Chris Rizzo on Anchorite Press
How long has Anchorite Press been in existence? And could you speak about the history of Anchorite and how the Press has evolved into its present state?
I started the press in 2003. At first, I took on small projects, such as broadsides. With each project, I better developed my understanding of both design and production. For example, Michael Carr’s tri-fold pamphlet Indiana was the logical precursor to Geof Huth’s tri-fold pamphlet forkèd lake. Conceptually, I knew what I’d wanted to do with Indiana, but pragmatically I hadn’t any hands-on experience, so to speak. Thus, when Geof sent me his ms., I had a much better understanding of what one could do with the tri-fold form. The same holds true for chapbooks.
This said, I’ve also tried to develop the press by way of studying the publications produced by other small presses. What fonts are used and how are they used? What size is the book? What papers are used and how are they used? How is the book bound? How do the design elements relate to one another and to the given text? What are the ramifications? And so on. I tend to ask questions of artifice to not only learn about the particular book in my hands, so to speak, but in general terms to learn as much as I can about the art of printing as well.
How many titles has Anchorite Press published?
Over the past few years Anchorite has done single sheet broadsides, folded broadsides, pamphlets and chapbooks. (I consider a pamphlet to be a much smaller, less ambitious project than a chapbook.) I do have publication lists, but there are just too many to mention here. In fact, I’d be hard pressed to remember all of them off the top of my head.
How does Anchorite Press chose its projects?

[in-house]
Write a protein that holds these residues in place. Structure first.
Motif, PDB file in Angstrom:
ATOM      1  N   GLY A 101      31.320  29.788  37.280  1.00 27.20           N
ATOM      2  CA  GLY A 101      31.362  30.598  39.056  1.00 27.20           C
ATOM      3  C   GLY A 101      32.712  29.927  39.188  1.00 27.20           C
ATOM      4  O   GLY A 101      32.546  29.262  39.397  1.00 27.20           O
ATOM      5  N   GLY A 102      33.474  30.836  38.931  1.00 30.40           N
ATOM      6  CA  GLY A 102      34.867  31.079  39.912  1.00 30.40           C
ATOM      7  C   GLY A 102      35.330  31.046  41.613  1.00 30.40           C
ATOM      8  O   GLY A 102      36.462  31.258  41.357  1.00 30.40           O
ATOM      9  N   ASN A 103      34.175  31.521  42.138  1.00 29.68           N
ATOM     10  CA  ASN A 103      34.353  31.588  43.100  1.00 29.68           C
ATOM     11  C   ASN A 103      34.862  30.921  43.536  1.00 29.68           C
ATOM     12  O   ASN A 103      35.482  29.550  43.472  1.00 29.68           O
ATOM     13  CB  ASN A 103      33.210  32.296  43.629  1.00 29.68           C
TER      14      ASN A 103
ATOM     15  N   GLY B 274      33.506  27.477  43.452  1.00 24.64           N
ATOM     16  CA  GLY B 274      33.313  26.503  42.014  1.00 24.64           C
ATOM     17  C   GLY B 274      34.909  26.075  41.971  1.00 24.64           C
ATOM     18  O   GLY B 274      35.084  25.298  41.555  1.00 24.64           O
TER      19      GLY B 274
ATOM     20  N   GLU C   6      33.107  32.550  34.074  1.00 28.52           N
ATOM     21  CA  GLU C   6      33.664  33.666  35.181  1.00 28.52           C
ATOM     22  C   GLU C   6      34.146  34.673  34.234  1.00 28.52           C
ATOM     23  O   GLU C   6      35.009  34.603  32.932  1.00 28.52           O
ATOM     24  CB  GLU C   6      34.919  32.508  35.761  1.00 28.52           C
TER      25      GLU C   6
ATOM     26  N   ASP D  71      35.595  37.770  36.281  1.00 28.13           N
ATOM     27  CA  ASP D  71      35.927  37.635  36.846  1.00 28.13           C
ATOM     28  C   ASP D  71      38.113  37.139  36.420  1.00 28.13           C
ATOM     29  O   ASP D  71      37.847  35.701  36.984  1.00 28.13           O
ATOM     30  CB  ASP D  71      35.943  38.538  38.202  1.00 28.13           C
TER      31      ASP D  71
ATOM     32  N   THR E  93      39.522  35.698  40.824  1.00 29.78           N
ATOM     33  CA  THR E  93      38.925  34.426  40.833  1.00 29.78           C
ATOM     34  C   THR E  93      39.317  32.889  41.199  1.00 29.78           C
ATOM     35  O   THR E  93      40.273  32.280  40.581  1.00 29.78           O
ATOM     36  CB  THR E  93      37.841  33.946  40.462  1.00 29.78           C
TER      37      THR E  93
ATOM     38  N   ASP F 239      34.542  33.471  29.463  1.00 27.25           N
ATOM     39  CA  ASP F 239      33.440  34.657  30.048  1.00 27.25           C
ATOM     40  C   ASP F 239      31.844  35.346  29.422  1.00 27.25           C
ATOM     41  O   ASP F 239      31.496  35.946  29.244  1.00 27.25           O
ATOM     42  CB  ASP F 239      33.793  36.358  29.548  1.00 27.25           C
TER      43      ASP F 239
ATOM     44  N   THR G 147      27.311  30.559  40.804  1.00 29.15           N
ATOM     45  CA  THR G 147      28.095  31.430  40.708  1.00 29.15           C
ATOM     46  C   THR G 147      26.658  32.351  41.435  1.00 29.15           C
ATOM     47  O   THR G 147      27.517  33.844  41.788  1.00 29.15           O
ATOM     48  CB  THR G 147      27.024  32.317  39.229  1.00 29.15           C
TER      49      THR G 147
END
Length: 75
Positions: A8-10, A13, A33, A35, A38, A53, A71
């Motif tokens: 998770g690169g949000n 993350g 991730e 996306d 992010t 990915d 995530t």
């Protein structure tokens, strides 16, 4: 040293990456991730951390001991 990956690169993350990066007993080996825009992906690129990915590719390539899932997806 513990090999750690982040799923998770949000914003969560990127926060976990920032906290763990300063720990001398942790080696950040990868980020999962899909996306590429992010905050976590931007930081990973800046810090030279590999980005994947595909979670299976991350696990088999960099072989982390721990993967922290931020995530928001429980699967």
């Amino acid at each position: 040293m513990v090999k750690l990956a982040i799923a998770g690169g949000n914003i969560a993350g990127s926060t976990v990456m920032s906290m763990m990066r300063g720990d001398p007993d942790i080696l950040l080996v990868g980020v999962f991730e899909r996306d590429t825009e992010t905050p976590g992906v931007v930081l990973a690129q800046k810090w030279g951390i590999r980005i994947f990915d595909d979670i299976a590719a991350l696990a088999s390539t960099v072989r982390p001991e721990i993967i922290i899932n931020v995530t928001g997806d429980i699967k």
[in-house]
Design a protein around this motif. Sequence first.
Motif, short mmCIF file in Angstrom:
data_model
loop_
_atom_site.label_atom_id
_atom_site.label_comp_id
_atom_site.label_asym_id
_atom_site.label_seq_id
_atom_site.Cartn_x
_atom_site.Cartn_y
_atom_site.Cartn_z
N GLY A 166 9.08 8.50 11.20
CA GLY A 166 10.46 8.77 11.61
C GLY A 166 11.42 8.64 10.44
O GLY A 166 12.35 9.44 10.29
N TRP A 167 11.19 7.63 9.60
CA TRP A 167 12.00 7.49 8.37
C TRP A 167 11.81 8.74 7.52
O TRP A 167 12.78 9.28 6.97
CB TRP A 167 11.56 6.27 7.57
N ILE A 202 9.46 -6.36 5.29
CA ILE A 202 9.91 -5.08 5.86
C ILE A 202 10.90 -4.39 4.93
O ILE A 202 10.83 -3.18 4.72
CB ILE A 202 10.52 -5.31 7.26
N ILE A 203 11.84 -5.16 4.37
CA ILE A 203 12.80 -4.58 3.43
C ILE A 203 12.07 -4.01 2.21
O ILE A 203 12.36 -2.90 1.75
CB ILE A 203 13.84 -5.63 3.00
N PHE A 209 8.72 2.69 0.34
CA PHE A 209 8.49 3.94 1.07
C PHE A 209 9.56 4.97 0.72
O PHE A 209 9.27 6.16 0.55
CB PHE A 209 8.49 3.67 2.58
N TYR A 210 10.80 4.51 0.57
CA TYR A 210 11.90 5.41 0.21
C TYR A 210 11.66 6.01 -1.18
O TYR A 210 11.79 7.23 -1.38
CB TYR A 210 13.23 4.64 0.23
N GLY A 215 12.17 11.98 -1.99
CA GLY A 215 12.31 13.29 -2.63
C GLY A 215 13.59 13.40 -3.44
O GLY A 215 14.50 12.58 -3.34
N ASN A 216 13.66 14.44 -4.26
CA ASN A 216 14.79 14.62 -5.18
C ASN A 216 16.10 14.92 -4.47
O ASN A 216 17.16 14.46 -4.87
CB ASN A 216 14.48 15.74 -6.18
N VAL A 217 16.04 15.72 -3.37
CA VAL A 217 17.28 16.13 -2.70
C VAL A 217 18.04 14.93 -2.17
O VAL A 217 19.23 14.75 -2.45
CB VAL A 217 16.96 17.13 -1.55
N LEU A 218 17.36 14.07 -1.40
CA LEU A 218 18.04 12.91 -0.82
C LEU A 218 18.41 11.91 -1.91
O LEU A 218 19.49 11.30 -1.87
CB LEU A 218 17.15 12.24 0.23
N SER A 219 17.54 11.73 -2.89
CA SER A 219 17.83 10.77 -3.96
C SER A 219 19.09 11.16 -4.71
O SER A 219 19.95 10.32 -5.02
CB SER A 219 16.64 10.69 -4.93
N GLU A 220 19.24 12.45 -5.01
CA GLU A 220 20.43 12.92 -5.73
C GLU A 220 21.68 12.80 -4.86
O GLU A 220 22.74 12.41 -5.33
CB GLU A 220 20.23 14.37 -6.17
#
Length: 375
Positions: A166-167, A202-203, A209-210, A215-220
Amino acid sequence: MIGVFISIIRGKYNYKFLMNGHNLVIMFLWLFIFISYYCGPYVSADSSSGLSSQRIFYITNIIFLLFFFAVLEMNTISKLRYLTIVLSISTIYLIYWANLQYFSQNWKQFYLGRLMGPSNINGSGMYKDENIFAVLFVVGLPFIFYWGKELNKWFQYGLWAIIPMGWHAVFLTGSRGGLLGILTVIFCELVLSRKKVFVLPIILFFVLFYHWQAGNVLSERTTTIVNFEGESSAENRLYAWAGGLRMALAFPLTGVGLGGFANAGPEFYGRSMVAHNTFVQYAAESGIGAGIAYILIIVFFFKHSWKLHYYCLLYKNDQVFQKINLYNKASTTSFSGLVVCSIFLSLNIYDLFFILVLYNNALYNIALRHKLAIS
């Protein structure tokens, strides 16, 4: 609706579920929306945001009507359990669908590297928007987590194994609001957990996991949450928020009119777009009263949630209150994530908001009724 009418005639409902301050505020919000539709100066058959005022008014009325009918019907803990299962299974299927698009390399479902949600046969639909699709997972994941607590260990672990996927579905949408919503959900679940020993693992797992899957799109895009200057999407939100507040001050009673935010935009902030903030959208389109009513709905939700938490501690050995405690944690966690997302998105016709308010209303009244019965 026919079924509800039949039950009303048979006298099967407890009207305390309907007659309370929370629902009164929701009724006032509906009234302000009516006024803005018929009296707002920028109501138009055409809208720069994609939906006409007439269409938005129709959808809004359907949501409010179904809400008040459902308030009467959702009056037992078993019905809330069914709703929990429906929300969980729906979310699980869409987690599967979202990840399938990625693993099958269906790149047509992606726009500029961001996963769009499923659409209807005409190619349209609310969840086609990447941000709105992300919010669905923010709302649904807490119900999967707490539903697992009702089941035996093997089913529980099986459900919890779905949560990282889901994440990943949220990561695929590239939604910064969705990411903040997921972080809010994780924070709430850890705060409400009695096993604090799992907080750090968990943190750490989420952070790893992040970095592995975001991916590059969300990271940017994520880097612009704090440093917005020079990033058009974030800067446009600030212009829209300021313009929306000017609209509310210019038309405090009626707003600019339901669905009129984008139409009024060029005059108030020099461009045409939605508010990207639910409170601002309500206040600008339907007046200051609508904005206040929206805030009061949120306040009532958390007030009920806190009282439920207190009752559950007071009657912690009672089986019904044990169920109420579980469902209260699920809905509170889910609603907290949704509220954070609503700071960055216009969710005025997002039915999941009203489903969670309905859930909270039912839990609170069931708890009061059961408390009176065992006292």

Good question. Anchorite publishes the work of young poets who, generally speaking, have very few publications to speak of; I’ve made a couple of exceptions in the past, but that’s the fundamental guiding principle. Because the press is limited in scope, I usually solicit material, but, again, I’ve made exceptions to this rule.
After hearing Noah Eli Gordon read his long poem “What Ever Belongs In The Circle,” I asked him for a copy, gave the poem a read, and then asked him if he’d like to do a chapbook. The current Anchorite project underway is a chapbook entitled The Parrot Bride by Theo Hummer. After receiving a query letter from Theo, I read the ms. and decided to take on the project. So, I find poetry to publish and poetry to publish finds me; although, as I said earlier, I usually solicit material.
Do you select your projects based on what you consider to be your, "company of poets", i.e. poets who you feel some sort of kinship with based on their work, or is the selection done according to a different sense of community?
I usually select linguistically challenging poetry to publish. Anchorite did develop out of a “company of poets” in and around the Boston area, but I have tried to expand the horizons of the press a bit. Having recently relocated to Albany, I hope the press will at some point begin to reflect the community of artists and thinkers in the area. In other words, at this point in time Anchorite publishes young poets, but this may not always be the case.
How do you fund Anchorite Press?
My wallet. And donations. Anchorite isn’t big enough, in my opinion, to list as a non-profit and, therefore, funding resources are limited. When I began the press, I used what’s commonly referred to as “disposable income” to put out new publications. The costs aren’t overwhelming, though. Chapbooks are the most expensive ventures, of course, but due to the fact that I do all the work in house—designing, typesetting, printing, folding, cutting, and binding—I can produce the books in a relatively inexpensive way. Such a handmade manner of production has shaped the look and feel of Anchorite publications.
Anchorite Press seems to keep a somewhat low profile, in terms of distribution and publicity, not esteem, can you speak to why you’ve decided to use this approach to publishing?
Out of necessity. As I’d mentioned earlier, each project is done by hand, which saves money, but costs me quite a bit of my own time. To date, I’ve yet to find a proverbial partner in crime to take over some of the existing press responsibilities. If I had more time, I’d publicize more often. By and large I leave PR duties to the poets themselves.